The sunlight sold the Fischbacks on their revamped split-level bungalow. "You get every single bit of sun ray," says Beverly Maloney-Fischback of the large kitchen windows in the Rocky River home. "We figured we could spend the rest of our lives watching the sunset and never get tired of it."
That vision sustained the couple during the six months they spent renovating the house they bought in 2012. As founder and publisher of Organic Spa magazine, Beverly and husband David — the president and co-chair of the Krill Co., a Cleveland-based commercial builder — live an active and sustainable lifestyle. They wanted their new home to reflect these values, including a focus on conservation.
As they embarked on renovating the space, which was originally built in 1953, the couple wanted to preserve as much of its original foundation and first floor as possible. "We saw no reason to tear down what was still functioning and of value," says Beverly.
The Fischbacks' residence was typical of many of the small, sturdy houses built in Cleveland in the '50s. Veterans returning home from World War II could get a mortgage for no money down, and bungalows "were the main housing product of the era," says Tom Bier, a senior fellow at the Maxine Goodman Levin College of Urban Affairs at Cleveland State University.
Typically, bungalows were one-story homes with two bedrooms, a bathroom, kitchen and living room, says Bier. The walls were constructed with plaster and wood made of a heartier stock than today.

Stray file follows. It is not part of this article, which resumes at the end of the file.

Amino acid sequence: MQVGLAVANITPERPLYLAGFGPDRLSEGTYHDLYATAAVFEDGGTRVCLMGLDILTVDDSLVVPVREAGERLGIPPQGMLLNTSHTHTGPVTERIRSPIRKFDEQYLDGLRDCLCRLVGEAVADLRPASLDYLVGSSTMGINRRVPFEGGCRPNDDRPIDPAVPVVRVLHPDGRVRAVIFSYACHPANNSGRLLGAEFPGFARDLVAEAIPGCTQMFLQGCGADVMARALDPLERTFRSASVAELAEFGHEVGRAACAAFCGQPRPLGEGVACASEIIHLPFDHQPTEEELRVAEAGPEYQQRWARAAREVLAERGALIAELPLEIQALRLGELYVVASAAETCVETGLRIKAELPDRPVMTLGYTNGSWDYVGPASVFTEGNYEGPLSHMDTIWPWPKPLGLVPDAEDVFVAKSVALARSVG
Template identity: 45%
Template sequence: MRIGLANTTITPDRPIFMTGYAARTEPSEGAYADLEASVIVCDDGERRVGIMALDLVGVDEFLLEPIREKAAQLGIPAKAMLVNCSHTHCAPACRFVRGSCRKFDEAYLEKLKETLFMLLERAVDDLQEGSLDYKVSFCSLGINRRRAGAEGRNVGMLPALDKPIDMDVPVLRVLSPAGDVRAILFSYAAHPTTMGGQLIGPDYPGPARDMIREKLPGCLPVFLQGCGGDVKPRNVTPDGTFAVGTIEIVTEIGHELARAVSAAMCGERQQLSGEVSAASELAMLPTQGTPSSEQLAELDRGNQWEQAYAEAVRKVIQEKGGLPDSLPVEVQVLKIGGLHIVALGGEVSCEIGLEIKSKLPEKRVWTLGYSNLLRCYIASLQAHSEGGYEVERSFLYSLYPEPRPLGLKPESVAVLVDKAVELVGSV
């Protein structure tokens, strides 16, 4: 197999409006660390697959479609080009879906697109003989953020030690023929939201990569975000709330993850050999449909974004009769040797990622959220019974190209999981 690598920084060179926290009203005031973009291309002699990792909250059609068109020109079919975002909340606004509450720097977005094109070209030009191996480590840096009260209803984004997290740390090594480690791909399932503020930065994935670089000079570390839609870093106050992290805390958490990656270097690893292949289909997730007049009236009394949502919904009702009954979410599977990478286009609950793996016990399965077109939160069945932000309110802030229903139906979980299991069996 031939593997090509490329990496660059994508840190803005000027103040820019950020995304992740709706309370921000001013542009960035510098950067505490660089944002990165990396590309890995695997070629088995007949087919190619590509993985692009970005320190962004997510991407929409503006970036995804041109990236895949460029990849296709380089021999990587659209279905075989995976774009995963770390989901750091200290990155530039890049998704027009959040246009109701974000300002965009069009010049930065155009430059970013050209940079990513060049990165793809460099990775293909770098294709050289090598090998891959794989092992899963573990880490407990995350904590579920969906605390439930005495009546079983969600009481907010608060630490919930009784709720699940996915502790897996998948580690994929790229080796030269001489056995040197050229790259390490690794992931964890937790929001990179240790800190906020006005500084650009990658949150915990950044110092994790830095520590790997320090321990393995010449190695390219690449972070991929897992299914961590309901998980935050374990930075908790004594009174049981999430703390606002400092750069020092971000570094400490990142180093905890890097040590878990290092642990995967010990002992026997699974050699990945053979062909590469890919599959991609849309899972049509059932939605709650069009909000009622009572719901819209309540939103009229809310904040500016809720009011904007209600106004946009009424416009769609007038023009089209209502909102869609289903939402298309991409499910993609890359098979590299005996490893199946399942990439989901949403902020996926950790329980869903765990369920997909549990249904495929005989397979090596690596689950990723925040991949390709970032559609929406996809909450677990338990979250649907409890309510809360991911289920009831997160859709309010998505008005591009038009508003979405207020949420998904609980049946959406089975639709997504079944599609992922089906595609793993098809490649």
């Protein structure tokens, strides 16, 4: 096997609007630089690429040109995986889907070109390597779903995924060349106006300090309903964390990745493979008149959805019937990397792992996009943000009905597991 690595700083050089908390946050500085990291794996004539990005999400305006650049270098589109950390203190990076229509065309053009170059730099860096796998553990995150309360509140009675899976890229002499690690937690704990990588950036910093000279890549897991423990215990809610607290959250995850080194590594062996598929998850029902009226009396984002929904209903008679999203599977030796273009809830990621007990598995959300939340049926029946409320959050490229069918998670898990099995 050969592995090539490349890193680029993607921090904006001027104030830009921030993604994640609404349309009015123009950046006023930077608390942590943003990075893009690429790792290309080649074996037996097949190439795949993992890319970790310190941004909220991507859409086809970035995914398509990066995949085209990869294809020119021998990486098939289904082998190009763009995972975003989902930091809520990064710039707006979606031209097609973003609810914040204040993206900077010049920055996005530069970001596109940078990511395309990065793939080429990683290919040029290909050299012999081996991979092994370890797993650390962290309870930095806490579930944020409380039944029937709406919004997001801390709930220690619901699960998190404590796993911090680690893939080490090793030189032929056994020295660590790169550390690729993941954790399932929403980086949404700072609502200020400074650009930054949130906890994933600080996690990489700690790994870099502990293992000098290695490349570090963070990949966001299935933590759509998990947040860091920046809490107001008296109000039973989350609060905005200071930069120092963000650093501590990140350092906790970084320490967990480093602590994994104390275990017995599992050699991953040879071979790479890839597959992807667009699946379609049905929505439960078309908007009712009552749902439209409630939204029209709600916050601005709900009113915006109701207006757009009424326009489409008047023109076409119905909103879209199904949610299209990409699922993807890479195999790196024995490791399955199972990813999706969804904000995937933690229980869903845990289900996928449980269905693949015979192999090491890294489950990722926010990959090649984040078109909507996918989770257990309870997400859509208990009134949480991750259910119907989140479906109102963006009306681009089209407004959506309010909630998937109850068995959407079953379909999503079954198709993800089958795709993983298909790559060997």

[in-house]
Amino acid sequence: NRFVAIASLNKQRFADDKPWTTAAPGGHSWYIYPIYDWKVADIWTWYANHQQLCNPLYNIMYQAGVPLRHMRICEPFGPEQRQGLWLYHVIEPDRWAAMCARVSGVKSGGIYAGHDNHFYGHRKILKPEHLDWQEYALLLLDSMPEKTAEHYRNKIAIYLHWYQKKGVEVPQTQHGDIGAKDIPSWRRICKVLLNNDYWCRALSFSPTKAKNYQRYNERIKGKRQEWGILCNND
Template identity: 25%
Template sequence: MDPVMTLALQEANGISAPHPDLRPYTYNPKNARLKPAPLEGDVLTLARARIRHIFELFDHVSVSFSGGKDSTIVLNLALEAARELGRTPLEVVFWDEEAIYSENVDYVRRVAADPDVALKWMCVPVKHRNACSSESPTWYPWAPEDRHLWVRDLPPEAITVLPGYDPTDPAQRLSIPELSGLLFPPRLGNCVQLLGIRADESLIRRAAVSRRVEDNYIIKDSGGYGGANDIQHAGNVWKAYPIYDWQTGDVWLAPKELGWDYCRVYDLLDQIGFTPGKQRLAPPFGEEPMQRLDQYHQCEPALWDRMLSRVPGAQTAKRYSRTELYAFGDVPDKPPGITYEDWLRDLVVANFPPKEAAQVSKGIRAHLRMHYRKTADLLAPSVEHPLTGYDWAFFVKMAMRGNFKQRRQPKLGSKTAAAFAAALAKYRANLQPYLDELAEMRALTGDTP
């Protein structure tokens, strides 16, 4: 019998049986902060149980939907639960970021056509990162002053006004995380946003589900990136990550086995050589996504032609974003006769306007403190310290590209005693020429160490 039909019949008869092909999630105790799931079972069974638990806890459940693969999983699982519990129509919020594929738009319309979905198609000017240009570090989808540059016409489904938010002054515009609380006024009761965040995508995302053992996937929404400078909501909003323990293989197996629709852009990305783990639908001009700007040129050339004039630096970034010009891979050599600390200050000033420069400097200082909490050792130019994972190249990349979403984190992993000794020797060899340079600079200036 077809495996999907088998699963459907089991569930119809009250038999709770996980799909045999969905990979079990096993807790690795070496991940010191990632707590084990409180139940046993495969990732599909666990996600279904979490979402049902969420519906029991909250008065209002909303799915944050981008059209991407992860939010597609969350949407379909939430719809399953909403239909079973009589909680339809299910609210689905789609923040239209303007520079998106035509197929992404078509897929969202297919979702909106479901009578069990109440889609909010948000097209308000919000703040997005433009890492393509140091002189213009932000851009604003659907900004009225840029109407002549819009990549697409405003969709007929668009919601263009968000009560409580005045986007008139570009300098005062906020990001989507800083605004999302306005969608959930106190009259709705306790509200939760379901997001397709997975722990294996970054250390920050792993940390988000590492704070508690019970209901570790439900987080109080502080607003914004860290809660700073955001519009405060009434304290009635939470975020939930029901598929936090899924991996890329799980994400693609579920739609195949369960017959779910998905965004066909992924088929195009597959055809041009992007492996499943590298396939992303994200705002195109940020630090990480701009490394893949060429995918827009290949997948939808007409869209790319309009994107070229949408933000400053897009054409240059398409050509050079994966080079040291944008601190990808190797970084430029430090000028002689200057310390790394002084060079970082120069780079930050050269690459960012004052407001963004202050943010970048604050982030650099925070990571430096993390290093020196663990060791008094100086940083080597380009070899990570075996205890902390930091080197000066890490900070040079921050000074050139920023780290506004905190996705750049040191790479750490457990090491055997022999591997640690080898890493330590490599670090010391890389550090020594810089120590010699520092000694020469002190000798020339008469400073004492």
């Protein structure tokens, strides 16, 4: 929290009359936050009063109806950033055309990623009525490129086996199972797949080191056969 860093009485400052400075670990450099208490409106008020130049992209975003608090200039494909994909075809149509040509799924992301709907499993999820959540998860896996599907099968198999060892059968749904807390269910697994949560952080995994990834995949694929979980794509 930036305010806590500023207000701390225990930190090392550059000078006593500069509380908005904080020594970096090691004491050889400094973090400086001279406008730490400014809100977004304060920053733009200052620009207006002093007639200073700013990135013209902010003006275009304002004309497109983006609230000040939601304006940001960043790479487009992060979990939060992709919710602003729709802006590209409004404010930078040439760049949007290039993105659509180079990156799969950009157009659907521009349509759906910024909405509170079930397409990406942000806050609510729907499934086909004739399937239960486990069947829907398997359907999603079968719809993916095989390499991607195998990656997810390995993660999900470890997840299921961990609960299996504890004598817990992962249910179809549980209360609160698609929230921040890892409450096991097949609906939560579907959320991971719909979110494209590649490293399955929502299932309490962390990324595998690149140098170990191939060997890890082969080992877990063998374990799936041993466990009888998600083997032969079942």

Working with Lakewood-based architectural firm AODK Inc., the Fischbacks were able to preserve many of the original '50s flourishes of their home, including the two-sided, marble-encased fireplace that opens from the living room to the dining room, the wood staircase leading from the first to second floor and the front-room bay windows that look out over Lake Erie.
But the upstairs needed to be gutted, due to structural problems. When re-envisioning the space, the couple decided they wanted the layout to feel open and airy.
A large yoga room with heat-reflecting windows was added at the top of the stairs. "I meditate and practice [yoga] most days," Beverly says. "This room was an important addition for me."
The master bathroom also became a focal point of the upstairs redesign. The tranquil, off-white room with white ceramic tiles, an oversided oval soaking tub and floating shelves that hold large seashells has a Zenlike feel to it.
From the solar panels on the windowpanes that help power the electric blinds to the bedroom fireplace that runs on bioethanol made from sugar cane, the Fischbacks designed every element to be as energy efficient as possible.
But for them, it all comes back to those sunsets. On a recent night, the duo sat at their kitchen stools watching as the sun sank slowly into the pink sky.
The little things often determine the success or failure of home additions, says David Krebs, owner of AODK Inc., a Lakewood-based architectural design firm. Consider the following before swinging that sledgehammer.
LIGHTING. Since additions have the capacity to add or block light, consider your current sources of natural light. "This determines whether you need to add a skylight or how high you should place a new window," he says.
STYLE. Study other homes in the area before plotting out your exterior renovations. "A lot of people are interested in making an older house more contemporary," Krebs says. "But you have to think about the character of the other houses on the street and whether the city has any restrictions on the style of renovations that can be done."
SPACE. Before you get too excited about adding that new deck, it's important to understand your property lines and restrictions. "A lot of design decisions depend on property setbacks," Krebs warns. "With some houses, you physically can't build any closer to the neighbor's home."